4. An increase in ECF potassium stops the heart completely.
5. Increase in ionic calcium increases the force of contraction. If the ionic calcium level is further increased, the cardiac muscle fiber contracts even more and remains in a state of contraction. This is known as calcium rigor.
6. Temperature also affects the force of contraction. Increased temperature increases the force of contraction.
7. Drugs: Adrenaline, noradrenaline, digitalis bring about an increase in the force of contraction (positive inotropic effect).
Distensibility of the cardiac muscle fibers is limited because of the pericardium. This fibrous sheath covers the entire heart. Distensibility of the cardiac chambers is further decreased, if fluid/blood accumulates in the pericardial cavity.
Absolute and Relative Refractory Periods of Cardiac Muscle:
Heart muscle has long absolute refractory period. It extends throughout the duration of ventricular systole (Fig. 3.3). Due to its long absolute refractory period, cardiac muscle fiber cannot be tetanized. During the relative refractory period, cardiac muscle responds to a second stimulus, provided the second stimulus is of a higher intensity.
The response obtained is known as an extra-systole or premature contraction and this is followed by a compensatory pause. Following which the rhythm is brought back to normal.
All or None Law:
The entire heart (all the cardiac muscles) obeys this law. If the stimulus strength is of threshold value, the entire heart responds maximally. A further increase in the strength of stimulus will not alter the response of the cardiac muscle. If the stimulus strength is not adequate, it does not respond at all.
Action Potential of Cardiac Muscle:
Cardiac muscle is also an excitable tissue. Accordingly, the membrane potential of cardiac muscle will also be in the polarized state at resting condition. This is known as resting membrane potential.
While discussing the electrical activity of cardiac muscle, the representative part of the muscle that is considered will be taken from the ventricular region. The atrial, ventricular and Purkinje fibers demonstrate a fast response. In myocardial infarction, the fast response becomes a slow response.
In slow response, the action potential gets conducted more slowly than the fast response. The conduction is more likely to get blocked compared to fast response.
i. Under normal resting conditions, the resting membrane potential of the cardiac muscle fiber will be around -90 mV.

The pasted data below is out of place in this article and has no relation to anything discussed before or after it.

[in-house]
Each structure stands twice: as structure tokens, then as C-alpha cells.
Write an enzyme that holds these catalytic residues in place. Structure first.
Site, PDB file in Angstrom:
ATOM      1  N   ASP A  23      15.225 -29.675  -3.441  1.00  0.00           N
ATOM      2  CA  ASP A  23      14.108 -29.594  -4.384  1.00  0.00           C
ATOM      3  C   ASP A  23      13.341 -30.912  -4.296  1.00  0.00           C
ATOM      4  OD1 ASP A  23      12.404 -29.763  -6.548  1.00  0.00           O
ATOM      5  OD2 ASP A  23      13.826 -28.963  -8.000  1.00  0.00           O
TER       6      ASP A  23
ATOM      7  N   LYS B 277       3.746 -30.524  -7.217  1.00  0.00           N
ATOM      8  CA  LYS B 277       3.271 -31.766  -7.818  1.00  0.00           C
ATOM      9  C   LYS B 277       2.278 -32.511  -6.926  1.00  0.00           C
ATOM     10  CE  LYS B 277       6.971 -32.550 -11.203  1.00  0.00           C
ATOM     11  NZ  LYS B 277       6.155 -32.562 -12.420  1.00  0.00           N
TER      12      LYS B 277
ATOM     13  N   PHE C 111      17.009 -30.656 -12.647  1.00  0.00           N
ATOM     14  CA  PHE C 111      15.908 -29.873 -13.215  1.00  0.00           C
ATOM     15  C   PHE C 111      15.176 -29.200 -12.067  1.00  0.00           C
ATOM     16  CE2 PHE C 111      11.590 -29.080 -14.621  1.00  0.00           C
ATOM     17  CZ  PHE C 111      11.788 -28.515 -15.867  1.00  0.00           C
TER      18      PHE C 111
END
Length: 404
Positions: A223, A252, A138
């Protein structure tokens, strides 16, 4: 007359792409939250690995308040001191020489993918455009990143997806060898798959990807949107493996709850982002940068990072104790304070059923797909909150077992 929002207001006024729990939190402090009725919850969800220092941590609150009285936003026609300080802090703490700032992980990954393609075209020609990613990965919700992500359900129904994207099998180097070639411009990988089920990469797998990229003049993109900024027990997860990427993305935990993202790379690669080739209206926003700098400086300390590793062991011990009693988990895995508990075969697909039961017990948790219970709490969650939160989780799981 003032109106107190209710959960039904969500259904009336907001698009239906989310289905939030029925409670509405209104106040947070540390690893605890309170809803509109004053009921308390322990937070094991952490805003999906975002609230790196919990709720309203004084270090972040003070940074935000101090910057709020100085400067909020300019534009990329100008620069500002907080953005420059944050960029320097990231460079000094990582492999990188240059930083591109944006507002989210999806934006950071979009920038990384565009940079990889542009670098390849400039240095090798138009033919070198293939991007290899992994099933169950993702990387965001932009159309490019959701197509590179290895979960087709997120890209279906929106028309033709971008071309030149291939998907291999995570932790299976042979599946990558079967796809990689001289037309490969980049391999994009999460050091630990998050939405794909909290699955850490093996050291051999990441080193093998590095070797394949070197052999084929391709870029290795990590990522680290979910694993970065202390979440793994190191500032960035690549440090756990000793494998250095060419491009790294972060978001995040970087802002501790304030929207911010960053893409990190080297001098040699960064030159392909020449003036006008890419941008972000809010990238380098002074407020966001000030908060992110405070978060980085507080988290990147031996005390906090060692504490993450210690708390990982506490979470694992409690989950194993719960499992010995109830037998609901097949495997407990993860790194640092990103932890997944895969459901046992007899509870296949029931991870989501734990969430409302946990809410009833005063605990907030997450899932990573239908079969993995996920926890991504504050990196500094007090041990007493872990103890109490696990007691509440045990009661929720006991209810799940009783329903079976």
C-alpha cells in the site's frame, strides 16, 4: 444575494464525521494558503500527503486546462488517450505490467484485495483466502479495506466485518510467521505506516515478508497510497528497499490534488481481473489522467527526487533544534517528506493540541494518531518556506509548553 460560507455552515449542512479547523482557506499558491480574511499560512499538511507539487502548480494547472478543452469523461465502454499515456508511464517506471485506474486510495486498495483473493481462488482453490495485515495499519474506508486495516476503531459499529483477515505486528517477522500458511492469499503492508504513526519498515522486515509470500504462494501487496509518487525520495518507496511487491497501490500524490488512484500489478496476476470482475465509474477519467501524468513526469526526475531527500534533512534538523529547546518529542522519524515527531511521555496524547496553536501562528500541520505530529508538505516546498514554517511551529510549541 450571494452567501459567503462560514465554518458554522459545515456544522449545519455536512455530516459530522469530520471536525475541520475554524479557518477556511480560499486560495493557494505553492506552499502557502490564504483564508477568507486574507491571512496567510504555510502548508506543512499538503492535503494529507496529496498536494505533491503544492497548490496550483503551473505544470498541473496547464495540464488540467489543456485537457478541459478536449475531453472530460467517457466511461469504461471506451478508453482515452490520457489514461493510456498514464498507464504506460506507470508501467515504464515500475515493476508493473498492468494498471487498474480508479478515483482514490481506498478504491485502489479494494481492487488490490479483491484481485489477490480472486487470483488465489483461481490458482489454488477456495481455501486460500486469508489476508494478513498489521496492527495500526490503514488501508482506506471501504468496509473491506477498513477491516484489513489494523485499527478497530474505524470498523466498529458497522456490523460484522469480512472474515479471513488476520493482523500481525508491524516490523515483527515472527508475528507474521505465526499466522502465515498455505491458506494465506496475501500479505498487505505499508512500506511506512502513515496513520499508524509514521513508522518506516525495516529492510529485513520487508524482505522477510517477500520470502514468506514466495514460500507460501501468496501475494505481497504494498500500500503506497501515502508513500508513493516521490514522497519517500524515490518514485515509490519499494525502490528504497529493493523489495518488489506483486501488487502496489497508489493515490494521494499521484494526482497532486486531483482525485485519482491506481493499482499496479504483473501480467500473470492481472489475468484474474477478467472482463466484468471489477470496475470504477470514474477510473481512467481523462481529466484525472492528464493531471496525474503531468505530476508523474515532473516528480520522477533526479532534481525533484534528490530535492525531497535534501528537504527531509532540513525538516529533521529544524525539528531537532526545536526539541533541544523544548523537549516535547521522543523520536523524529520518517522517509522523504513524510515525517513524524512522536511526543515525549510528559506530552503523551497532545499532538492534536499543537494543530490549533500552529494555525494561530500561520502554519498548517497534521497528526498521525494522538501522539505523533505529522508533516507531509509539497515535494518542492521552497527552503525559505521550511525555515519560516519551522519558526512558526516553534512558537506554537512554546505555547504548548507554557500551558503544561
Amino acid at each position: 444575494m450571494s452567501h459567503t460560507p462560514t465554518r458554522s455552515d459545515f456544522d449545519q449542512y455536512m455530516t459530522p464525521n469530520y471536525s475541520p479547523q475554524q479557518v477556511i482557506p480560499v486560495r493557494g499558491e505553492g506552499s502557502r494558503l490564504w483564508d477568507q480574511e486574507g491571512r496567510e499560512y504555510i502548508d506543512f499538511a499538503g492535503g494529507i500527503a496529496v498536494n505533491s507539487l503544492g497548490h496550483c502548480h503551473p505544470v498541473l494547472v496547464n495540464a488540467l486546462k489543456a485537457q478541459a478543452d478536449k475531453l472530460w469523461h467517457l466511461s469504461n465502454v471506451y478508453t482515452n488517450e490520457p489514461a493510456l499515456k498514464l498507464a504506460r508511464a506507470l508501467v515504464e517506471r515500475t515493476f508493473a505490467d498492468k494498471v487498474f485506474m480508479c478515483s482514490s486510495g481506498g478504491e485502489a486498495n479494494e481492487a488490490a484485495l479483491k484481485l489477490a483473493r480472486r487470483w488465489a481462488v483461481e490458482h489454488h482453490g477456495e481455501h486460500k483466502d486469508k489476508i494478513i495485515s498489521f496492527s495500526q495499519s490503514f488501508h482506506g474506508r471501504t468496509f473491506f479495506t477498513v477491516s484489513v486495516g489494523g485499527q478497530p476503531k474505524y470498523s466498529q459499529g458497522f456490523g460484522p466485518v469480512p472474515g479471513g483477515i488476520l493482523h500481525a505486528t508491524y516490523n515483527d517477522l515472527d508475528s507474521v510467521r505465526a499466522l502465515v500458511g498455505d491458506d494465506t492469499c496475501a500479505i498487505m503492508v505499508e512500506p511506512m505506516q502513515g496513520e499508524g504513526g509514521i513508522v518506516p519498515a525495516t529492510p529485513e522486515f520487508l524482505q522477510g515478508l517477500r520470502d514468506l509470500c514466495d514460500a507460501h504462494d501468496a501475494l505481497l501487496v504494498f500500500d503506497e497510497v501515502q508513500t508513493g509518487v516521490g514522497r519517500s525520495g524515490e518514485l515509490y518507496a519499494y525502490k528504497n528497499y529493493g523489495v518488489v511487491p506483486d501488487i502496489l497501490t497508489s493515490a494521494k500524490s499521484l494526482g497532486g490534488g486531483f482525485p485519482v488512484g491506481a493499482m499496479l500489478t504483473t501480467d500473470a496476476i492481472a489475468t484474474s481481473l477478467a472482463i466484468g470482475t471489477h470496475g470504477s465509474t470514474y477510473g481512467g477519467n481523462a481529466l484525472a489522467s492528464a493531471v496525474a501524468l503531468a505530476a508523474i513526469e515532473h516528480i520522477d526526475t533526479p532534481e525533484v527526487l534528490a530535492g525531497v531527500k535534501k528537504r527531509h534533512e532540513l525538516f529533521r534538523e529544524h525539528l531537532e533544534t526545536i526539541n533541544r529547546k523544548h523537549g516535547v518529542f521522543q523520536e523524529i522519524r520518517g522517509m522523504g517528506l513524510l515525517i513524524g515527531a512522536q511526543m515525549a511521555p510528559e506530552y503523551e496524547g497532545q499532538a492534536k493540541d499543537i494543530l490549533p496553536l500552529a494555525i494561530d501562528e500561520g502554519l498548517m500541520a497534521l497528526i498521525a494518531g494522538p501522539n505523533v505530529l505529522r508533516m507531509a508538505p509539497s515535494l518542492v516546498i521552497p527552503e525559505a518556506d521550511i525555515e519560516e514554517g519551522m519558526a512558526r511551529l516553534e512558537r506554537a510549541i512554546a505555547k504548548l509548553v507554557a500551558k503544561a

ii. The action potential recorded from the single cardiac muscle fiber differs from the one that is recorded from a bulk of the cardiac muscle.
iii. The configuration of the single fiber recording will be entirely different from the one that is recorded from the whole of cardiac muscle.
iv. The whole of the cardiac muscle recording is a summated recording and is known as electrocardiogram (ECG).
v. The configuration and ionic basis of cardiac muscle fiber action potential is different from the action potential recorded from either the single skeletal muscle fiber or a nerve fiber.
vi. There is lot of correlation between the cardiac muscle action potential duration with that of the contractile process that is occurring in the ventricular muscle fibers (Fig. 3.8).
The action potential has 5 phases, numbered from 0 to 4 (Fig. 3.9).
a. Fast depolarization phase is 0.
b. The slight falling phase is 1 (early repolarization).
c. The plateau phase of depolarization is 2.
d. The steep repolarization which follows phase 2 is phase 3.
e. Restoration of the resting membrane potential is phase 4.
vii. RMP is -90 mV.
viii. On application of the effective stimulus, there will be production of propagated action potential.
ix. Net amount of ionic diffusion depends on the permeability of the membrane for a given ion, transmembrane concentration difference, and transmembrane potential difference.
Ionic Basis of the Action Potential (Fig. 3.10):
i. It is almost due to an increase in permeability to sodium ions.
ii. There will be sudden increase of sodium influx.
iii. Sodium enters through fast sodium channels (this channel can be blocked by tetradotoxin).
i. Immediate repolarization.
ii. Due to transient outward current carried by potassium efflux.
iii. Aminopyridine blocks the potassium channels.
i. Following phase I, the further process of repolarization becomes much slower (plateau phase).
ii. The “L” channels refer to the long-lasting calcium channels.
iii. There will be increased permeability of the membrane throughout the duration of this phase for calcium ions from ECF to ICF.
iv. Therefore, there will be calcium influx.
v. Calcium also takes part in excitation-contraction coupling.
vi. Calcium conduction is increased by catecholamine, isoproterenol and is decreased by acetylcholine.
vii. Calcium channel antagonists, like verapamil, diltiazem, etc., decrease calcium conductance.
viii. Increased calcium conductance increases the force of contraction of the muscle.
i. Starts when the efflux of potassium becomes more than the calcium influx.
ii. The duration of the plateau is less in atrial muscle because at phase 2, potassium efflux is greater than calcium influx. In addition to this, outward potassium current is also greater in atrial muscle and, therefore, the duration of action potential is less in atrial muscle fiber.
i. The excess of sodium that has entered the cell is pumped out by sodium-potassium ATPase.